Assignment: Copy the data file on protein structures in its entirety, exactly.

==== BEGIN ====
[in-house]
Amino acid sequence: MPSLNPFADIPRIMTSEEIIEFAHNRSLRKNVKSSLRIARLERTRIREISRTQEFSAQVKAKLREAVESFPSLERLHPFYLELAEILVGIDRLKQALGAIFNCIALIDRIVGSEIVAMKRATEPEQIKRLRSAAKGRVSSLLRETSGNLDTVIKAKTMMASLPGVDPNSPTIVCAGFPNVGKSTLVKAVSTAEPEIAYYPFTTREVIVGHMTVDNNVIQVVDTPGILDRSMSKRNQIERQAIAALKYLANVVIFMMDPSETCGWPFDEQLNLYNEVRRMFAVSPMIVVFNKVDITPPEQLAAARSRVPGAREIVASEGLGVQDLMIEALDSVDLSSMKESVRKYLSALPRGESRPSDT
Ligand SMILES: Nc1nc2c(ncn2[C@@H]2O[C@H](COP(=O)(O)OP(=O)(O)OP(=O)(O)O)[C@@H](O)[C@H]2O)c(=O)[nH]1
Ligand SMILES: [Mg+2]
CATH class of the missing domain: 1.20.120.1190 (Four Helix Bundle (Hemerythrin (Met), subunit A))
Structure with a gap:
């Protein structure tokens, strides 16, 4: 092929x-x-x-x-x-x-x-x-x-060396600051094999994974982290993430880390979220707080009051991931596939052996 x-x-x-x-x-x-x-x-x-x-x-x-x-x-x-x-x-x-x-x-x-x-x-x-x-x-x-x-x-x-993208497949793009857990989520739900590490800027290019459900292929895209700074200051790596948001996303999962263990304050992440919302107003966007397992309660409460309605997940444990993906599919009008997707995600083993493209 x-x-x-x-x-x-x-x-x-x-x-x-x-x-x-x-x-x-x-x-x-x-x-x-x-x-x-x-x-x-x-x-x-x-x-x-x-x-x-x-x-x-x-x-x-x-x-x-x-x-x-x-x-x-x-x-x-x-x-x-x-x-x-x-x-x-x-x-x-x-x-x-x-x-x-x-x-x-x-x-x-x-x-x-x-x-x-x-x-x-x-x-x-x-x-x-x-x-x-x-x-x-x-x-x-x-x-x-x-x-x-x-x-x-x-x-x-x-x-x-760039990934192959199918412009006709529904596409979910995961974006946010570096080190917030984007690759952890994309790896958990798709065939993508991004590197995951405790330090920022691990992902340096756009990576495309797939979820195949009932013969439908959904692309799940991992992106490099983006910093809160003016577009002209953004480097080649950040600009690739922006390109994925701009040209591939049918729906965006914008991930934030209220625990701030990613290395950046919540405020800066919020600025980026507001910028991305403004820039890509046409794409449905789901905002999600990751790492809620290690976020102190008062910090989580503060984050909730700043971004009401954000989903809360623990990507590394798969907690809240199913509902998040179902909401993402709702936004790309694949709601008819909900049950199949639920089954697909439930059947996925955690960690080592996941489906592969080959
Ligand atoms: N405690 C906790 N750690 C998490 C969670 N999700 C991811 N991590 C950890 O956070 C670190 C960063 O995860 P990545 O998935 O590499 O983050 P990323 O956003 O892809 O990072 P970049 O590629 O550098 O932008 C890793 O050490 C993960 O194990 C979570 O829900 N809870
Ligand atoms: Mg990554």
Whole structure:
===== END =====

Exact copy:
[in-house]
Amino acid sequence: MPSLNPFADIPRIMTSEEIIEFAHNRSLRKNVKSSLRIARLERTRIREISRTQEFSAQVKAKLREAVESFPSLERLHPFYLELAEILVGIDRLKQALGAIFNCIALIDRIVGSEIVAMKRATEPEQIKRLRSAAKGRVSSLLRETSGNLDTVIKAKTMMASLPGVDPNSPTIVCAGFPNVGKSTLVKAVSTAEPEIAYYPFTTREVIVGHMTVDNNVIQVVDTPGILDRSMSKRNQIERQAIAALKYLANVVIFMMDPSETCGWPFDEQLNLYNEVRRMFAVSPMIVVFNKVDITPPEQLAAARSRVPGAREIVASEGLGVQDLMIEALDSVDLSSMKESVRKYLSALPRGESRPSDT
Ligand SMILES: Nc1nc2c(ncn2[C@@H]2O[C@H](COP(=O)(O)OP(=O)(O)OP(=O)(O)O)[C@@H](O)[C@H]2O)c(=O)[nH]1
Ligand SMILES: [Mg+2]
CATH class of the missing domain: 1.20.120.1190 (Four Helix Bundle (Hemerythrin (Met), subunit A))
Structure with a gap:
């Protein structure tokens, strides 16, 4: 092929x-x-x-x-x-x-x-x-x-060396600051094999994974982290993430880390979220707080009051991931596939052996 x-x-x-x-x-x-x-x-x-x-x-x-x-x-x-x-x-x-x-x-x-x-x-x-x-x-x-x-x-x-993208497949793009857990989520739900590490800027290019459900292929895209700074200051790596948001996303999962263990304050992440919302107003966007397992309660409460309605997940444990993906599919009008997707995600083993493209 x-x-x-x-x-x-x-x-x-x-x-x-x-x-x-x-x-x-x-x-x-x-x-x-x-x-x-x-x-x-x-x-x-x-x-x-x-x-x-x-x-x-x-x-x-x-x-x-x-x-x-x-x-x-x-x-x-x-x-x-x-x-x-x-x-x-x-x-x-x-x-x-x-x-x-x-x-x-x-x-x-x-x-x-x-x-x-x-x-x-x-x-x-x-x-x-x-x-x-x-x-x-x-x-x-x-x-x-x-x-x-x-x-x-x-x-x-x-x-x-760039990934192959199918412009006709529904596409979910995961974006946010570096080190917030984007690759952890994309790896958990798709065939993508991004590197995951405790330090920022691990992902340096756009990576495309797939979820195949009932013969439908959904692309799940991992992106490099983006910093809160003016577009002209953004480097080649950040600009690739922006390109994925701009040209591939049918729906965006914008991930934030209220625990701030990613290395950046919540405020800066919020600025980026507001910028991305403004820039890509046409794409449905789901905002999600990751790492809620290690976020102190008062910090989580503060984050909730700043971004009401954000989903809360623990990507590394798969907690809240199913509902998040179902909401993402709702936004790309694949709601008819909900049950199949639920089954697909439930059947996925955690960690080592996941489906592969080959
Ligand atoms: N405690 C906790 N750690 C998490 C969670 N999700 C991811 N991590 C950890 O956070 C670190 C960063 O995860 P990545 O998935 O590499 O983050 P990323 O956003 O892809 O990072 P970049 O590629 O550098 O932008 C890793 O050490 C993960 O194990 C979570 O829900 N809870
Ligand atoms: Mg990554």
Whole structure: